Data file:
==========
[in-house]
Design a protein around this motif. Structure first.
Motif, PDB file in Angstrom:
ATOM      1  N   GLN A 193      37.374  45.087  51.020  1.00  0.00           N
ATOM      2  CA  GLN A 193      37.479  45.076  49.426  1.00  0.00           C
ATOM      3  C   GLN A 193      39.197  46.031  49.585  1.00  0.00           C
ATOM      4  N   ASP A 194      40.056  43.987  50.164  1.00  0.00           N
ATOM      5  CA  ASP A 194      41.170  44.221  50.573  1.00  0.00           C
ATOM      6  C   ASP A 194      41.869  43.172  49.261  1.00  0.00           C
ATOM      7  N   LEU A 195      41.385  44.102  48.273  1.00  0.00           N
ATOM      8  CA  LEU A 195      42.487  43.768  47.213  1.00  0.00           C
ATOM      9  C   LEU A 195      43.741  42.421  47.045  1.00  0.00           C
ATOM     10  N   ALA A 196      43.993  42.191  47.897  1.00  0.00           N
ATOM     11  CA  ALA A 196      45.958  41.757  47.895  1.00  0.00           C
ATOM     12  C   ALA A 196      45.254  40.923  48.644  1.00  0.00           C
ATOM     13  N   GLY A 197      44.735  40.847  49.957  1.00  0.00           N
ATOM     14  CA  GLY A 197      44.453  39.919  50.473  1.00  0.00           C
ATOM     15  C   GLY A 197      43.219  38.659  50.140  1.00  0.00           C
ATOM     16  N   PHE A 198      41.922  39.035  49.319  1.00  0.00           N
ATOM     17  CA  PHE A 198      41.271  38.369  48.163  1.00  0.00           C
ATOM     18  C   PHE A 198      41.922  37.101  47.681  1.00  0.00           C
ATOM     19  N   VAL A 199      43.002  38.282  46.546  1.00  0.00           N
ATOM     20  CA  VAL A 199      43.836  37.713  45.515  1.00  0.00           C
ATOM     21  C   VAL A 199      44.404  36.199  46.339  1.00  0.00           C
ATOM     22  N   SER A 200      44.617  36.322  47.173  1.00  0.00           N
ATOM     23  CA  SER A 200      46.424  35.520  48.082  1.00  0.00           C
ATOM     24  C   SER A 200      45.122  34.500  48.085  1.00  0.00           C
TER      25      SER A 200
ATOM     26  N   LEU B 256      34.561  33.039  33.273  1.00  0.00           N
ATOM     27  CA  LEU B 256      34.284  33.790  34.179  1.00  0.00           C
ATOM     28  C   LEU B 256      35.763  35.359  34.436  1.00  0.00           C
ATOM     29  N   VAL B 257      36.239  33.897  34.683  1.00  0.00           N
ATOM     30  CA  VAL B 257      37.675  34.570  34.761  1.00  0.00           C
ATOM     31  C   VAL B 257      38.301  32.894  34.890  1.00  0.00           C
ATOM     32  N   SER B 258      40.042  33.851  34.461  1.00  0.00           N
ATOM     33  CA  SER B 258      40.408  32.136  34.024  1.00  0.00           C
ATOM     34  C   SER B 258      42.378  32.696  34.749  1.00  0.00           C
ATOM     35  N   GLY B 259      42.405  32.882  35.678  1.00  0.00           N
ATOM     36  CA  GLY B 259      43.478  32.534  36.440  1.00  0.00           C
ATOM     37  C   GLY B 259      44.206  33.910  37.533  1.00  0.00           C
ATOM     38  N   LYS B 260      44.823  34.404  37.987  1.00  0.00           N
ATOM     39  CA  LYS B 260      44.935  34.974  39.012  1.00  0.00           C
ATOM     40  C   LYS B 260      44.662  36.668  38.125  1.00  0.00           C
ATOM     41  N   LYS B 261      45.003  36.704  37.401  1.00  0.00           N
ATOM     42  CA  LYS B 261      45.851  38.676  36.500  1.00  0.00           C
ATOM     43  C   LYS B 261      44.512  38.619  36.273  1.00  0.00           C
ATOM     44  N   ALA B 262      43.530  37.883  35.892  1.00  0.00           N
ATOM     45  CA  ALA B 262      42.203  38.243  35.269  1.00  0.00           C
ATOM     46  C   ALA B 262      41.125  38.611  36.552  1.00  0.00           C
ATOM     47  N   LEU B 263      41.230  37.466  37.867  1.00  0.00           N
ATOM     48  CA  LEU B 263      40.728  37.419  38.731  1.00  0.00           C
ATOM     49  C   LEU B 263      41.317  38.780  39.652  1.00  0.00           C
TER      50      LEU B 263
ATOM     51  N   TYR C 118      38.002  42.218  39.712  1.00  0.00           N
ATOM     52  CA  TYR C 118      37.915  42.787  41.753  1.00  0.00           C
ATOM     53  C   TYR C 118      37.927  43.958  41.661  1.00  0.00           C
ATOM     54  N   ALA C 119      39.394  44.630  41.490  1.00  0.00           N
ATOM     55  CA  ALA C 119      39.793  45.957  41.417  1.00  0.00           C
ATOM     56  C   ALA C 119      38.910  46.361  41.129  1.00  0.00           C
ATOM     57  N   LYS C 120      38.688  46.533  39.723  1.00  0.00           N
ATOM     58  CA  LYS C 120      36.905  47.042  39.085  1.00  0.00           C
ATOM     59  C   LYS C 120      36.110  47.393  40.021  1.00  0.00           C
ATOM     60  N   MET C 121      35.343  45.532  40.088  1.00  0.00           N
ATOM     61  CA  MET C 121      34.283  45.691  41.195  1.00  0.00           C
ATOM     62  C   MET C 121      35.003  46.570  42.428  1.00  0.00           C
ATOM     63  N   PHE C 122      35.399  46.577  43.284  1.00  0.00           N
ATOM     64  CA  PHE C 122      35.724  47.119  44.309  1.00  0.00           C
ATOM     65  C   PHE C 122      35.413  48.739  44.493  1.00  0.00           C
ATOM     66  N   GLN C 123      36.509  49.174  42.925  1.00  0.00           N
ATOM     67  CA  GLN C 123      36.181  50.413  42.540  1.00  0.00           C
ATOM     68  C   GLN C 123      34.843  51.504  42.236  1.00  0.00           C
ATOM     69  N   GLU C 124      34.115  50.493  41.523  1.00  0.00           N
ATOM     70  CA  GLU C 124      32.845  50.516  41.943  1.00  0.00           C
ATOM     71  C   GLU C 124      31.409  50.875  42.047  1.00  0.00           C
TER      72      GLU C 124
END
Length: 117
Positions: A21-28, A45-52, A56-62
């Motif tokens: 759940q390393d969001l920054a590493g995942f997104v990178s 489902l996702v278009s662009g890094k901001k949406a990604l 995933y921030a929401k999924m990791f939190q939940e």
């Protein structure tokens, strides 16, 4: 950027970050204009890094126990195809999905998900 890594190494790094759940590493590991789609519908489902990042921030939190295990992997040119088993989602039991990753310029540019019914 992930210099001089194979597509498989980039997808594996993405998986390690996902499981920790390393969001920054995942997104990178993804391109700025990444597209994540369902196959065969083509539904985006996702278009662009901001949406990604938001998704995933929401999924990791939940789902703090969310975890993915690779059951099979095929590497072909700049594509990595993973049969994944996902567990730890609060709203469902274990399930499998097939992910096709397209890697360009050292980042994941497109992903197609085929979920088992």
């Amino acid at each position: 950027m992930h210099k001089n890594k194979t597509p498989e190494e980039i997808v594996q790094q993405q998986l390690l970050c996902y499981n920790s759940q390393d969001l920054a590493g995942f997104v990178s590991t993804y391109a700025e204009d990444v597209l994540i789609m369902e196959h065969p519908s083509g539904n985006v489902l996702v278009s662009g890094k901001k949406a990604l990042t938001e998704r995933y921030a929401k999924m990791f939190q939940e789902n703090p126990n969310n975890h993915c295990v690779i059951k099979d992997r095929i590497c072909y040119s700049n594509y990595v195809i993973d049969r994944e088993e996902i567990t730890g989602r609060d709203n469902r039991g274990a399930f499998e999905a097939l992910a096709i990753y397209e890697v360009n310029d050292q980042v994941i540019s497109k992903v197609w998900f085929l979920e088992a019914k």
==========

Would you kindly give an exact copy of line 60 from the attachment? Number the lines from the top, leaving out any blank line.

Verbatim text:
ATOM     57  N   LYS C 120      38.688  46.533  39.723  1.00  0.00           N